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You know when you see something touching and moving and you feel like tears are about to come out of your eyes, yet you're able to barely control it; how do you describe this feeling or state? i.e. I was all [...] at the sight of his master curled up asleep in fetal position on the floor at the vet's beside his dog.

Take a look at this and you'll know what I'm talking about:

enter image description here

  • The word kitsch comes to mind. – Robusto Nov 10 '13 at 3:55
  • I was close to tears? – WS2 Aug 31 '16 at 8:18

11 Answers 11

28

I was all choked up.

Fig. to cause someone to feel like starting to cry.

I got all misty-eyed.

  1. Having the eyes blurred, as with tears.
12

..............I felt the tears welling up.

10

I was all teary at the sight of his master curled up asleep...

teary; of a person, having eyes filled with tears; inclined to cry; Of eyes, filled with tears

8

Another option would be verklemmt

It is a Yiddish word describing a strong emotional response.

From Wikipedia:

verklemmt: choked up; speechless; unable to express one's feelings/emotions (cf. German verklemmt = "uptight"); stuck

  • I think this is a great word for the situation described. You'll sometimes see this spelled verklempt. – Darren Stone Nov 10 '13 at 1:26
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    Unfortunately, thanks to Mike Myers and Saturday Night Live, this word now has mostly humorous connotations. (At least to American readers.) Its original definition has been somewhat subsumed by this, and it might break the tone if you're writing something serious and not comedic. – Darrel Hoffman Nov 10 '13 at 4:23
6

Try one of these:

I felt a sting at the back of my eyes

I felt a lump in my throat

  • Is feeling a sting at the back of eyes common usage? I like the non-literal sense to these phrases. – Theo Nov 9 '13 at 18:30
  • One would not use it in everyday usage, but neither is the sentiment something you convey everyday. However in fiction, specially when building up a moment or atmosphere, it is used. – Gurpreet K Sekhon Nov 13 '13 at 5:03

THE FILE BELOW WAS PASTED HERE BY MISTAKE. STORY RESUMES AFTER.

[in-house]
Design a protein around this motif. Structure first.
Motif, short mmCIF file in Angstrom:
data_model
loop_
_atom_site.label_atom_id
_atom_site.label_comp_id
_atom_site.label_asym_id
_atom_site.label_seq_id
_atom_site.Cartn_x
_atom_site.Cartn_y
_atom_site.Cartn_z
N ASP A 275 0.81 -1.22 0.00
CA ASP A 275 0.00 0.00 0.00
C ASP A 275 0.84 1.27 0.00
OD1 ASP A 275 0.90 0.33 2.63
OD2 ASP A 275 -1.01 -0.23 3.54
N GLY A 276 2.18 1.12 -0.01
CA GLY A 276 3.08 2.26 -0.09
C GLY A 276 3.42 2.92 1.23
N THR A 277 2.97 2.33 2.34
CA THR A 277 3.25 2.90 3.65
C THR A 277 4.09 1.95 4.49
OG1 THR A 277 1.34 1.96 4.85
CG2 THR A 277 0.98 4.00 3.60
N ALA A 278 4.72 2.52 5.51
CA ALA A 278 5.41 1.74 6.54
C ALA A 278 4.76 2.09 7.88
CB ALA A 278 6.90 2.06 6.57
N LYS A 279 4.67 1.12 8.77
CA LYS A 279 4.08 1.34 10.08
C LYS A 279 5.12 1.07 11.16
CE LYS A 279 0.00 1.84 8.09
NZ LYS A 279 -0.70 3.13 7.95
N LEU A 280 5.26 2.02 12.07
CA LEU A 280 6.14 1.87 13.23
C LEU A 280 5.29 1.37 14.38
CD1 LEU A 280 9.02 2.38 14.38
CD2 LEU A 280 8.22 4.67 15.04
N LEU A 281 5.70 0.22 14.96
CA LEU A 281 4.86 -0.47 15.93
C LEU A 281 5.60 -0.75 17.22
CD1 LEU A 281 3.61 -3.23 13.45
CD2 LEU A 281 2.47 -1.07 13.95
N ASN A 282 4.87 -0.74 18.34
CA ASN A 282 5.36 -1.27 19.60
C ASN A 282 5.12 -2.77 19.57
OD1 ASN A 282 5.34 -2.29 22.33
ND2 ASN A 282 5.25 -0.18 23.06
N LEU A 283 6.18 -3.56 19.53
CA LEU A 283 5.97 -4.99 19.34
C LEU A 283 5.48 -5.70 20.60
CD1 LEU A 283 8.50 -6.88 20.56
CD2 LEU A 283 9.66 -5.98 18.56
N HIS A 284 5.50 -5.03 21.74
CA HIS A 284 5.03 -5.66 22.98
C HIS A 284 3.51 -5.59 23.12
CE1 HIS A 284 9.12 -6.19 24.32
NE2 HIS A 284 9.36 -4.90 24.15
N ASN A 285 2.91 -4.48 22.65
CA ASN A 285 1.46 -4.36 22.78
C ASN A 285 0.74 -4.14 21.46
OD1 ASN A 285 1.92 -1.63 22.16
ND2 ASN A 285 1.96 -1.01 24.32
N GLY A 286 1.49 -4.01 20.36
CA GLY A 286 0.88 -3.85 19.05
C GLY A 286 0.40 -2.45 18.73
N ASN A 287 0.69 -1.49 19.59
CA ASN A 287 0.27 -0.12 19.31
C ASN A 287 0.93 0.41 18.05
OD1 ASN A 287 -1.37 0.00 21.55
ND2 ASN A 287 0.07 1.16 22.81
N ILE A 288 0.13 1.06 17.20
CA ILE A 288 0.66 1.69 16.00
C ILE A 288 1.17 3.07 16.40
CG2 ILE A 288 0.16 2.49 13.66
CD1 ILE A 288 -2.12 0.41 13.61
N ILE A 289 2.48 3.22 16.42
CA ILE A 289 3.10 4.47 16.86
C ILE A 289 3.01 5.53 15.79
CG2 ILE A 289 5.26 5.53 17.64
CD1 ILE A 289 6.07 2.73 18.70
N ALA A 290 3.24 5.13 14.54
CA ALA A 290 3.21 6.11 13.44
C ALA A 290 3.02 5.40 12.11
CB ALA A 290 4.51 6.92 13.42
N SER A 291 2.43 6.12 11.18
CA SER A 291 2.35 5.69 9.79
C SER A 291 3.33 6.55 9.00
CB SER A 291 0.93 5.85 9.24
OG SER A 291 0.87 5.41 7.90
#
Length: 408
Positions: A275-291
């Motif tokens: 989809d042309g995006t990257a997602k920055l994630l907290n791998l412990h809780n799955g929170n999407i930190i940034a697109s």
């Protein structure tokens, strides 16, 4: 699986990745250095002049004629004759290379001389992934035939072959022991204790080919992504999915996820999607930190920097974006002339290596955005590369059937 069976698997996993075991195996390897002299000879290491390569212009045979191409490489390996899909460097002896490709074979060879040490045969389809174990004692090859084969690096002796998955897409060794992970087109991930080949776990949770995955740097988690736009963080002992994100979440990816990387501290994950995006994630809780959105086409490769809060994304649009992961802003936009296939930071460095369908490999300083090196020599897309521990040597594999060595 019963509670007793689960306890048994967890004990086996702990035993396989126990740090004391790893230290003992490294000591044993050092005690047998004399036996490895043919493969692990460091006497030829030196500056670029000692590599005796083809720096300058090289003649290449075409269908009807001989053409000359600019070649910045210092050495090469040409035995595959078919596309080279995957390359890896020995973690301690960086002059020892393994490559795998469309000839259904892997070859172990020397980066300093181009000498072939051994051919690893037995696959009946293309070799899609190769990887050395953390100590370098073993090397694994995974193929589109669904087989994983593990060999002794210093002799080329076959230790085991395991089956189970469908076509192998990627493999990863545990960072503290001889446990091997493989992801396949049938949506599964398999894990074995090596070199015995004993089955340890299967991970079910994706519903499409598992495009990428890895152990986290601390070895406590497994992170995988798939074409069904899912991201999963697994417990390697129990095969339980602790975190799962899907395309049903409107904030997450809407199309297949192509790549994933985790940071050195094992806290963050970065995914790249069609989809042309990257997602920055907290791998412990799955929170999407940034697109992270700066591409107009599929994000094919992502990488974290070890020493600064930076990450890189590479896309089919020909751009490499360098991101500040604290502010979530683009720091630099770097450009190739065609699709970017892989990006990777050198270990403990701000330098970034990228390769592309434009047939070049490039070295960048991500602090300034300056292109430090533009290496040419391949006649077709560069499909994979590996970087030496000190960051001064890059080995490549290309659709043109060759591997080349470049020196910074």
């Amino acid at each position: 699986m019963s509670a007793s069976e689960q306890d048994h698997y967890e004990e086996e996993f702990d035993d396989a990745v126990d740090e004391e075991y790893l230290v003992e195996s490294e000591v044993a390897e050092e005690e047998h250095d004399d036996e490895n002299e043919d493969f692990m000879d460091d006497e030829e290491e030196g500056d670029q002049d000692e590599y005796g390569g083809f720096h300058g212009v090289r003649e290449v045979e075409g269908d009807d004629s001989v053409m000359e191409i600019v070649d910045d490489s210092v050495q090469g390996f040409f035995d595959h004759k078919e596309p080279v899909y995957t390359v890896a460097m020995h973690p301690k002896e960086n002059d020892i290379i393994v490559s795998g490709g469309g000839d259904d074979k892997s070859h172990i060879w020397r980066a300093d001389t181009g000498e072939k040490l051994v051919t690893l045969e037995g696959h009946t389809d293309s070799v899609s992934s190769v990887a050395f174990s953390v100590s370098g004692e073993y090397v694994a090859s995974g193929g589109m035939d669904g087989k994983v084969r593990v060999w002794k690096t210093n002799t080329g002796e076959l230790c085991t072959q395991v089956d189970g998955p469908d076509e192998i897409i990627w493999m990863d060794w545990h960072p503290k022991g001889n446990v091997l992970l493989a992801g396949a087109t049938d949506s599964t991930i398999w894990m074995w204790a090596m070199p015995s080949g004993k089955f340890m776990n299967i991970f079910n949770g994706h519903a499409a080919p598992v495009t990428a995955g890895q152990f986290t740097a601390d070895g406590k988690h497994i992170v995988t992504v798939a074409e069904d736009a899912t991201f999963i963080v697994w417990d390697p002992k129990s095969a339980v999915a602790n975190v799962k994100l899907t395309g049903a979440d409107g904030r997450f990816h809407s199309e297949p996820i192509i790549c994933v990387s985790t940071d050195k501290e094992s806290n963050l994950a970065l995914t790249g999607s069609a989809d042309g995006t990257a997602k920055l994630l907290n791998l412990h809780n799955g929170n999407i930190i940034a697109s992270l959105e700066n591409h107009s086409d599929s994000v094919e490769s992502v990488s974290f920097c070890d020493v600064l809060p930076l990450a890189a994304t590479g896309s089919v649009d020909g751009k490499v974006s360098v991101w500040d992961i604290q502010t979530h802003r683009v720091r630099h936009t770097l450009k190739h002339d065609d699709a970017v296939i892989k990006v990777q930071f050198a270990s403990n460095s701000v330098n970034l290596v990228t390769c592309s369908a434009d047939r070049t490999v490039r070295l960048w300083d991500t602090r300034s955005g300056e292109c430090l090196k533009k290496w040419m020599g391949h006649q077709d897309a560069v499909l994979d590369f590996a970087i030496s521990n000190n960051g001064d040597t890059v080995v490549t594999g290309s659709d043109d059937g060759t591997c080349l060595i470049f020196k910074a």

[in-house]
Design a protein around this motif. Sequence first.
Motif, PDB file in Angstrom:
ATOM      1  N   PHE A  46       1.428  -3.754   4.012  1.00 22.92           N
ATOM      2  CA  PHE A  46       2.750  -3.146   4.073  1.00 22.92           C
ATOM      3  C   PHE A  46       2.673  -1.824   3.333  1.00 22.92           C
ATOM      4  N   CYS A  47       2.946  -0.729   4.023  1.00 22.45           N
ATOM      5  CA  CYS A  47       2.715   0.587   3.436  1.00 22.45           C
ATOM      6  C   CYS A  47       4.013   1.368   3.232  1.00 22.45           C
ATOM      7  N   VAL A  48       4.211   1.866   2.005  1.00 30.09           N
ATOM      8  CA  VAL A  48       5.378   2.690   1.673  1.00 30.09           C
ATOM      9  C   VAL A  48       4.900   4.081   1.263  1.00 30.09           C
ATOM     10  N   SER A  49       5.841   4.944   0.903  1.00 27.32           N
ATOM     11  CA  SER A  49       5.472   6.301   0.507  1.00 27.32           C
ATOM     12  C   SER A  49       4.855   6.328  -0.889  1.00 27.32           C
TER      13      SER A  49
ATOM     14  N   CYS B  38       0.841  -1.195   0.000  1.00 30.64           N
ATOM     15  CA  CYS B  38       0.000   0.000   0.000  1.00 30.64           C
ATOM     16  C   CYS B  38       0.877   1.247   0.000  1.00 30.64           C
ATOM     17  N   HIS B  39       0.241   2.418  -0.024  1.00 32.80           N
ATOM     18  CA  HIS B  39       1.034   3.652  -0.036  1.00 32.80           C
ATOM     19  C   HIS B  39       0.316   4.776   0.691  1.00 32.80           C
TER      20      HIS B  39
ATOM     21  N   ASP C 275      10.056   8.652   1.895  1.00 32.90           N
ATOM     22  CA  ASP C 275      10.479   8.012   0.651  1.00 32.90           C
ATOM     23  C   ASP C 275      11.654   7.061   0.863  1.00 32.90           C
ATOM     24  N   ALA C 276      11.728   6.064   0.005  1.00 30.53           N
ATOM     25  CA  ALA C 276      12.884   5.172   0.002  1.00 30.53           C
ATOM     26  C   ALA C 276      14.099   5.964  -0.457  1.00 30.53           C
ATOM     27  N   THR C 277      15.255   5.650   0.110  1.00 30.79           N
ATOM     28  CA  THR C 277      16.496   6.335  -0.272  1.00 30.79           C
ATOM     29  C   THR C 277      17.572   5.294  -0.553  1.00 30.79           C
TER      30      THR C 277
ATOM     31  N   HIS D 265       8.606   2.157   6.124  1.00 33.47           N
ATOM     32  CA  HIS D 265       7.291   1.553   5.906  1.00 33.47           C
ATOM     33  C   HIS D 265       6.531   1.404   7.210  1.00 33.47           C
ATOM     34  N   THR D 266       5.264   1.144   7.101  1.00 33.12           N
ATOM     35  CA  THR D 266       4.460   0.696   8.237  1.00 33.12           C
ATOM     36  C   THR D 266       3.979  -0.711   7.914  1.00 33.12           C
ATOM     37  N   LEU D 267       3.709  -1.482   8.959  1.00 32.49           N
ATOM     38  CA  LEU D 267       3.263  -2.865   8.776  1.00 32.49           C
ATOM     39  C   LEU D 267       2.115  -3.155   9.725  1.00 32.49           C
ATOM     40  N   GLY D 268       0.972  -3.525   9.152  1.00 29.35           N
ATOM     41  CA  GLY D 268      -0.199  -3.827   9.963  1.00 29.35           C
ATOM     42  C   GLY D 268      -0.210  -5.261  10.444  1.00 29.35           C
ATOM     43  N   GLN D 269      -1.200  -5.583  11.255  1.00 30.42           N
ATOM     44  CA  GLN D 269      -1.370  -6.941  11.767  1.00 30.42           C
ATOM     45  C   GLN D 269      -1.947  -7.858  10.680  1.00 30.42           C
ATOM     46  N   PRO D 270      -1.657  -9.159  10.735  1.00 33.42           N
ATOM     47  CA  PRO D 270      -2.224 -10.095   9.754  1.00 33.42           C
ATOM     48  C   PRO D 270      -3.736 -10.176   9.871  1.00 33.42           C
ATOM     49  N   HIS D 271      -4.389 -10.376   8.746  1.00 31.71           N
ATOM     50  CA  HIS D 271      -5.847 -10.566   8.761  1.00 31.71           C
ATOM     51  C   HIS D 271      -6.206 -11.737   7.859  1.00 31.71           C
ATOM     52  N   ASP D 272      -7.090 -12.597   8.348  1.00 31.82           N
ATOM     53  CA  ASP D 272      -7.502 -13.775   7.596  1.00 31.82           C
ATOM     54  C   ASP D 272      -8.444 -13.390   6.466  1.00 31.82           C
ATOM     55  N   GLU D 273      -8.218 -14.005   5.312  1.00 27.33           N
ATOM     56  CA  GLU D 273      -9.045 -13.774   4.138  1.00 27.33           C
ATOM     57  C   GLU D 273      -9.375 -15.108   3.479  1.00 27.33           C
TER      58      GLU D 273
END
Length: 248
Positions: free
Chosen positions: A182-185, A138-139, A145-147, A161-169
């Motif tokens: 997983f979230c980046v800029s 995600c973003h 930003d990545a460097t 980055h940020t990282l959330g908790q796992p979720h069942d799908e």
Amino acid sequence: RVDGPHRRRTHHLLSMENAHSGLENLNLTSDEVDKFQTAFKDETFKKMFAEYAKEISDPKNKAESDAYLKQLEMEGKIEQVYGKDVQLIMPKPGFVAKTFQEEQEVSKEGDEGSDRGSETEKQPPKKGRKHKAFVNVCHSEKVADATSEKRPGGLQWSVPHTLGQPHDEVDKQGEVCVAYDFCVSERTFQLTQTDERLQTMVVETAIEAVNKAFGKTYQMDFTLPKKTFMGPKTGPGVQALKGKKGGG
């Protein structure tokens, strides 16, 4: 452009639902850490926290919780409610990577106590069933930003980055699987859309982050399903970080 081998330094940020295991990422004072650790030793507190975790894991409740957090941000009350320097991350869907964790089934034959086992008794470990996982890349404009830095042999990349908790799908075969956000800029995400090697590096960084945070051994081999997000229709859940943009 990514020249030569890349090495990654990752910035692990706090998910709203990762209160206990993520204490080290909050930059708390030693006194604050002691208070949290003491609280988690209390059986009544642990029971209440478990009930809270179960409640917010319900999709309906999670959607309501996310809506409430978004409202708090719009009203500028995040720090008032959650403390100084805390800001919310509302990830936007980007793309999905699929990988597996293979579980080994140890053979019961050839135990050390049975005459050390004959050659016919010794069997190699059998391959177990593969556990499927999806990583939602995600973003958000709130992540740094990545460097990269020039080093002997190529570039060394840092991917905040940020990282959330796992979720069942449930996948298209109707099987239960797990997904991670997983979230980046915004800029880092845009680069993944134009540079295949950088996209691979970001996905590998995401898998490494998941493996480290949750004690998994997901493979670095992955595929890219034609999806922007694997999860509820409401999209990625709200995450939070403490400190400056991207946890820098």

4

On Tears of Joy and Gladness

For what purpose and in what linguistic context?

  • Written or oral, and if so, what is the context of each?
  • Talking to someone at a pub?
  • Declaiming poetry, and if so, is it open verse or otherwise?
  • High register or casual?
  • Is this a medical audience, perhaps even ophthalmologists?
  • Is it for the stranger sitting next to you on the city bus?

I myself would use any the more run-of-mill alternatives already given, or perhaps something more lyrical if sufficiently stirred, ranging from the commonplace to the poetic:

  • I was touched, stirred, or moved.
  • I could only say awwwwwww and smile like a happy idiot.
  • I got all choked up.
  • I got all teary-eyed.
  • My eyes misted over.
  • I spilt tender tears.
  • The touching scene so warmed the cold cockles of my heart that my eyes welled up with tears of joy unlooked for — and all the more welcome for it.

The thing is that we more often associate tears with negative emotions than we do with positive ones. However, any emotion that’s powerful enough can so overwhelm us as to provoke a lachrymal response. However, English doesn’t distinguish in a single word the tears of gladness from tears of sadness.

In either case, we just say that someone was crying or weeping, but that does not tell the full tale. The tears of the plaint look the same as those that spring from sorrow’s opposite. As one of the Wise one remarked in a bittersweet parting:

I will not say: do not weep; for not all tears are an evil.

If not all tears are evil nor all weeping that of sadness, how do we tell the one from the other. We’ve no choice but to add other words to tell the difference between the two, for we have no special word in English that would immediately distinguish the bitter tears of dyscatastrophe and sadness from the sweet tears of eucatastrophe and gladness.

Metaphorically then, tears can be either bitter or they can be sweet, or perhaps both at once. In reality of course, both are equally salty, despite the Chicago song “Make Me Smile” inviting one to “Cry sweet tears of joy”.

It is this inherent ambiguity of the different kinds of tears that resists a single word to tell the bitter from the sweet, let alone from the bittersweet, that makes this question a difficult to one to answer succinctly and unambiguously. Tears can even suddenly transform from one form to the other, as the psalmist wrote in Psalms 30:5, when the night’s weeping turns to joy with the coming of the dawn.

Sesquipedalianisms

I have already given several common ways of saying it, but if you want a more high-falutin’ term, both lachrymous and lachrymose exist, with the latter being by far the more common of the two.

The OED gives two subsenses for its sense two of that word:

  • 2a. Given or ready to shed tears. Of the eyes: Suffused with tears.
  • 2b. Of a tearful character; calculated to provoke tears; mournful.